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Browsing named entities in Colonel William Preston Johnston, The Life of General Albert Sidney Johnston : His Service in the Armies of the United States, the Republic of Texas, and the Confederate States.. You can also browse the collection for Joseph Dixon or search for Joseph Dixon in all documents.

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to hold them in readiness to march at two o'clock the following morning. This order was not communicated to the brigades of Generals Alexander and Henry before their horses were turned out to graze. August 2d.-At two o'clock this morning the troops turned out; and, having made hasty preparation, were on the route of the enemy before sunrise, except Henry's and Alexander's brigades, for reasons before mentioned. About one hour after sunrise, a small body of spies, under the command of Captain Dixon, thrown in advance from Dodge's battalion, brought information that the enemy were drawn up in position on the route, and near at hand. We had previous notice of our proximity to the Mississippi, from having seen the fog over it, distant probably five or six miles. General Dodge instructed his spies to reconnoitre the enemy, and occupy his attention; the spies advanced as ordered, and succeeded in killing eight Indians, while they retired through the woods. In the mean time, Genera
entucky, September 26, 1861. The following officers are announced as the personal and departmental staff of General Albert S. Johnston, commanding, viz.: personal staff.-Aide-de-Camp: R. P. Hunt, lieutenant C. S. Army. Volunteer Aides: Colonels Robert W. Johnson, Thomas C. Reynolds, Samuel Tate; Majors George T. Howard, D. M. Haydon, and Edward W. Munford. Department of Orders.-Assistant Adjutant-Generals: Lieutenant-Colonel W. W. Mackall, Captain H. P. Brewster, First-Lieutenant N. Wickliffe (acting). Quartermaster's Department.-Principal Quartermaster: Major Albert J. Smith. Commissary Department.-Principal Commissary: Captain Thomas K. Jackson. Engineer's Corps.-First-Lieutenant Joseph Dixon. By command of General A. S. Johnston. W. W. Mackall, Assistant Adjutant-General. The appointments of volunteer aides were made chiefly to secure intelligent advice on the political affairs of the department, each State of which was represented on the staff.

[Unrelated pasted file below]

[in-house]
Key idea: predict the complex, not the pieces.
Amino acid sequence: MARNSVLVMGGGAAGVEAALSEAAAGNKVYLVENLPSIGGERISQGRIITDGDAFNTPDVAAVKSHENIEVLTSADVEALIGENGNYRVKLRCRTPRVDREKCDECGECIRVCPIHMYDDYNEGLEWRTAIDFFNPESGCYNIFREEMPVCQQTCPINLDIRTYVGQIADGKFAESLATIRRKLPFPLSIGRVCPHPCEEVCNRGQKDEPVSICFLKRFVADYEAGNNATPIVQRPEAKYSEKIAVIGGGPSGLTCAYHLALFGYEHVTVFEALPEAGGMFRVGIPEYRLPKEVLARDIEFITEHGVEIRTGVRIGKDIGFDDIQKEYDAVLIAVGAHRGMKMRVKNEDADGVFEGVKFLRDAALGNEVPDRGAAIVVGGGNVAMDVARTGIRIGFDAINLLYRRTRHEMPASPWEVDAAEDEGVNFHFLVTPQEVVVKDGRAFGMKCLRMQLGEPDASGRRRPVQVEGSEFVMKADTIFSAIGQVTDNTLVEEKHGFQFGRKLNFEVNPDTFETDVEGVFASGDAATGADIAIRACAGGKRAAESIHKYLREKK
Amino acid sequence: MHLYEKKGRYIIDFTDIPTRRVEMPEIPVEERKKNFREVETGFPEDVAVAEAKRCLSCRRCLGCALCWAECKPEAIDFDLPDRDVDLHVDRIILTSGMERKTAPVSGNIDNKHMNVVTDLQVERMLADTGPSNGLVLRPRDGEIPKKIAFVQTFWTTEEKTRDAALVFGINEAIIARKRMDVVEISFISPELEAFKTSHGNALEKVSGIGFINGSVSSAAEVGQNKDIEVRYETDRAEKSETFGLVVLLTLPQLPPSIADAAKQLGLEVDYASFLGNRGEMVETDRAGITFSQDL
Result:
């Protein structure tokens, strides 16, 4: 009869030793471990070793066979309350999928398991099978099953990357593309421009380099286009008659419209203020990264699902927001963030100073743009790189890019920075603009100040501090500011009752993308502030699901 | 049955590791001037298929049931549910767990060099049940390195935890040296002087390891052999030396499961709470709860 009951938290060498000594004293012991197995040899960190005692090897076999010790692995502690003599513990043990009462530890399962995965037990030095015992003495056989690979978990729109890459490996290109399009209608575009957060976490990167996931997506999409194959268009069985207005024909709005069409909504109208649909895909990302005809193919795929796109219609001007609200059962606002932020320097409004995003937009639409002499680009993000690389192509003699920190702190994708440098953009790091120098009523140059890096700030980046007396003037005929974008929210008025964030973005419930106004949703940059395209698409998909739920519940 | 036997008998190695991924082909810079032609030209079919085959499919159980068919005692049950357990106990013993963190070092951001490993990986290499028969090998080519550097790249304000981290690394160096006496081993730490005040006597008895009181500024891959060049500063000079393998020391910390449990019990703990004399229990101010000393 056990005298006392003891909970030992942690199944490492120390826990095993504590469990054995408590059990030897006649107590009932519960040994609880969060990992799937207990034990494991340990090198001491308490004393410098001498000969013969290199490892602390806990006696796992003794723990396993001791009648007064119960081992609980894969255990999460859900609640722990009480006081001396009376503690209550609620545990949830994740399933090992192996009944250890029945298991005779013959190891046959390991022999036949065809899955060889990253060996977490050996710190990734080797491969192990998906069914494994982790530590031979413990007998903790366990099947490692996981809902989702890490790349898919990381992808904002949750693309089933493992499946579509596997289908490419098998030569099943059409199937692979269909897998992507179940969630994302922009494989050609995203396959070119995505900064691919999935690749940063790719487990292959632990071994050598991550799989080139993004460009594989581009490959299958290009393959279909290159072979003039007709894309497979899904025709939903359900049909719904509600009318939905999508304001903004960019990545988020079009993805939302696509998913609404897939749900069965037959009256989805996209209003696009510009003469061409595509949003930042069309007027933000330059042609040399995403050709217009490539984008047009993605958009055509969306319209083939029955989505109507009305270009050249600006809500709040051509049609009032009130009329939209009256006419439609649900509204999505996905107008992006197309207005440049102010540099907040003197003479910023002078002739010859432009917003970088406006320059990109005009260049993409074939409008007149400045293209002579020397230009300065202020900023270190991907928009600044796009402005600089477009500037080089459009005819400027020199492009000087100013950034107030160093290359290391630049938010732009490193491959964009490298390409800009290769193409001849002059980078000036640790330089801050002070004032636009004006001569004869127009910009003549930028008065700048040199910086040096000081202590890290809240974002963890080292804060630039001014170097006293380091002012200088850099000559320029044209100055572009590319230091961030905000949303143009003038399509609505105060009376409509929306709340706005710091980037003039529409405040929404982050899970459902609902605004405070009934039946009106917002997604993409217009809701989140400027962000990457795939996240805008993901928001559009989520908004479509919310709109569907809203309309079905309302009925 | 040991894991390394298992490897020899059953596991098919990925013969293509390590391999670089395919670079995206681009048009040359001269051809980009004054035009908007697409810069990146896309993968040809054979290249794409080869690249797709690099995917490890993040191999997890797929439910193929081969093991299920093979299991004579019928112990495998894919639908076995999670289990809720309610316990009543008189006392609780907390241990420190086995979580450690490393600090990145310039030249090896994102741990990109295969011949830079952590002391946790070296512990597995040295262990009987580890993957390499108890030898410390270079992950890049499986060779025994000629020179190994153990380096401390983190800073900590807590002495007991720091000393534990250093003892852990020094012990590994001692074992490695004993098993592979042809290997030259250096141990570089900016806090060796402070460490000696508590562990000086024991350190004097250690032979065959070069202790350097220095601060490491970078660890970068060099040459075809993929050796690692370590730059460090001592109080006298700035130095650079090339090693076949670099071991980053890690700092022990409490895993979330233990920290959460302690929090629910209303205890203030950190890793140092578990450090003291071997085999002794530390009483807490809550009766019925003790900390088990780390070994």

u took command of the Western Department, Lieutenant Dixon, of the Corps of Engineers, was instructender the supervision of Lieutenant Dixon. Lieutenant Dixon also advised the placing of obstructions 7th of September General Johnston ordered Lieutenant Dixon, a young engineer of extraordinary skill,hief point of attack. On October 8th, Lieutenant Dixon having been temporarily employed elsewherheld with part of the garrison of Henry. Lieutenant Dixon, who is familiar with the country, will bible of a good defense landward, I advised Captain Dixon to retain the position, and construct the ain familiar with the river, concurs with Lieutenant Dixon that the work of obstruction is effectualneral Johnston, on November 21st, ordered Lieutenant Dixon to lay out a field-work on the commanding1,000 were called for at Fort Donelson by Lieutenant Dixon, November 15th, and the same number couldworks on the west side, as contemplated by Captain Dixon and every general who knows anything of th[8 more...]
vacillation. explanation. Floyd's plan. General Johnston's plan. defenses and topography. Confederate troops. Federal troops. design of advance. delay. advance. battle of the trenches. apathy of defenders. gunboat disabled. death of Dixon. battle of the gunboats. repulse. important order. authority and responsibility. a quiet day. abortive sortie. divided counsels. Federal reenforcements. exaggerated reports. discouragement. sortie agreed on. battle of Dover. the attairs. Senator Bailey of Tennessee, then colonel of the Forty-ninth Tennessee Regiment, informs the writer that the restoration of confidence among the men in the power of the garrison to resist the passage of the gunboats was chiefly due to Lieutenant Dixon, who lost his life during the siege. On February 8th Buckner conveyed to General Johnston information, derived from friends in Louisville, that there were not more than 12,000 Federals on the Curberland and Tennessee Rivers. In fact, the s